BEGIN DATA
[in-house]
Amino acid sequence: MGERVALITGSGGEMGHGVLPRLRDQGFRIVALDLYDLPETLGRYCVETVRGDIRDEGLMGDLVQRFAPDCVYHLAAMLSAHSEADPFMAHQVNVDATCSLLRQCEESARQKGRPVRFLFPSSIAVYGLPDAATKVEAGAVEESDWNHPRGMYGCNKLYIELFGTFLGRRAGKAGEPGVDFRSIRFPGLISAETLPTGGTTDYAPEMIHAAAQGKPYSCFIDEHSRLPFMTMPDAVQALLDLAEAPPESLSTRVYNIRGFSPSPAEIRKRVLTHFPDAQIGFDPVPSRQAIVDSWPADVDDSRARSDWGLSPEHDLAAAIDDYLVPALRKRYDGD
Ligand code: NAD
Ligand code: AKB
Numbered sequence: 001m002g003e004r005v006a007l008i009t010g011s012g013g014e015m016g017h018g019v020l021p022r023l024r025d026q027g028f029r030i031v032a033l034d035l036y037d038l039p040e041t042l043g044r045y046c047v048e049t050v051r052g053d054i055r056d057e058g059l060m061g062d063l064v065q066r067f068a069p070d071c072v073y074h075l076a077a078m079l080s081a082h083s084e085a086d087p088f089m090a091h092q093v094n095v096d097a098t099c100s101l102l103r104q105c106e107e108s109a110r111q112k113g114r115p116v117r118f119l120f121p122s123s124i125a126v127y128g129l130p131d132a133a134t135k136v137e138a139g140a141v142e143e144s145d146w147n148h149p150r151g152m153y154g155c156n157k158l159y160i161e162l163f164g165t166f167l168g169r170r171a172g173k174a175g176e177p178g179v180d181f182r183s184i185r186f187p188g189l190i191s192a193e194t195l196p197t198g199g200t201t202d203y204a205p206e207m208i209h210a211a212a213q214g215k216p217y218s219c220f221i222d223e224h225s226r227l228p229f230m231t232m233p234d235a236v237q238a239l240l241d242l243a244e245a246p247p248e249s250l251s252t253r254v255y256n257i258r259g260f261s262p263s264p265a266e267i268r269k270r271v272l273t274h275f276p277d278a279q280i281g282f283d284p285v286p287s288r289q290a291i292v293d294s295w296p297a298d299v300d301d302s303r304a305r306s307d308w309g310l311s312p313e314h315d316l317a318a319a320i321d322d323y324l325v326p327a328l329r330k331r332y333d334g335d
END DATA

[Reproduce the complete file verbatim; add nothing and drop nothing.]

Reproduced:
[in-house]
Amino acid sequence: MGERVALITGSGGEMGHGVLPRLRDQGFRIVALDLYDLPETLGRYCVETVRGDIRDEGLMGDLVQRFAPDCVYHLAAMLSAHSEADPFMAHQVNVDATCSLLRQCEESARQKGRPVRFLFPSSIAVYGLPDAATKVEAGAVEESDWNHPRGMYGCNKLYIELFGTFLGRRAGKAGEPGVDFRSIRFPGLISAETLPTGGTTDYAPEMIHAAAQGKPYSCFIDEHSRLPFMTMPDAVQALLDLAEAPPESLSTRVYNIRGFSPSPAEIRKRVLTHFPDAQIGFDPVPSRQAIVDSWPADVDDSRARSDWGLSPEHDLAAAIDDYLVPALRKRYDGD
Ligand code: NAD
Ligand code: AKB
Numbered sequence: 001m002g003e004r005v006a007l008i009t010g011s012g013g014e015m016g017h018g019v020l021p022r023l024r025d026q027g028f029r030i031v032a033l034d035l036y037d038l039p040e041t042l043g044r045y046c047v048e049t050v051r052g053d054i055r056d057e058g059l060m061g062d063l064v065q066r067f068a069p070d071c072v073y074h075l076a077a078m079l080s081a082h083s084e085a086d087p088f089m090a091h092q093v094n095v096d097a098t099c100s101l102l103r104q105c106e107e108s109a110r111q112k113g114r115p116v117r118f119l120f121p122s123s124i125a126v127y128g129l130p131d132a133a134t135k136v137e138a139g140a141v142e143e144s145d146w147n148h149p150r151g152m153y154g155c156n157k158l159y160i161e162l163f164g165t166f167l168g169r170r171a172g173k174a175g176e177p178g179v180d181f182r183s184i185r186f187p188g189l190i191s192a193e194t195l196p197t198g199g200t201t202d203y204a205p206e207m208i209h210a211a212a213q214g215k216p217y218s219c220f221i222d223e224h225s226r227l228p229f230m231t232m233p234d235a236v237q238a239l240l241d242l243a244e245a246p247p248e249s250l251s252t253r254v255y256n257i258r259g260f261s262p263s264p265a266e267i268r269k270r271v272l273t274h275f276p277d278a279q280i281g282f283d284p285v286p287s288r289q290a291i292v293d294s295w296p297a298d299v300d301d302s303r304a305r306s307d308w309g310l311s312p313e314h315d316l317a318a319a320i321d322d323y324l325v326p327a328l329r330k331r332y333d334g335d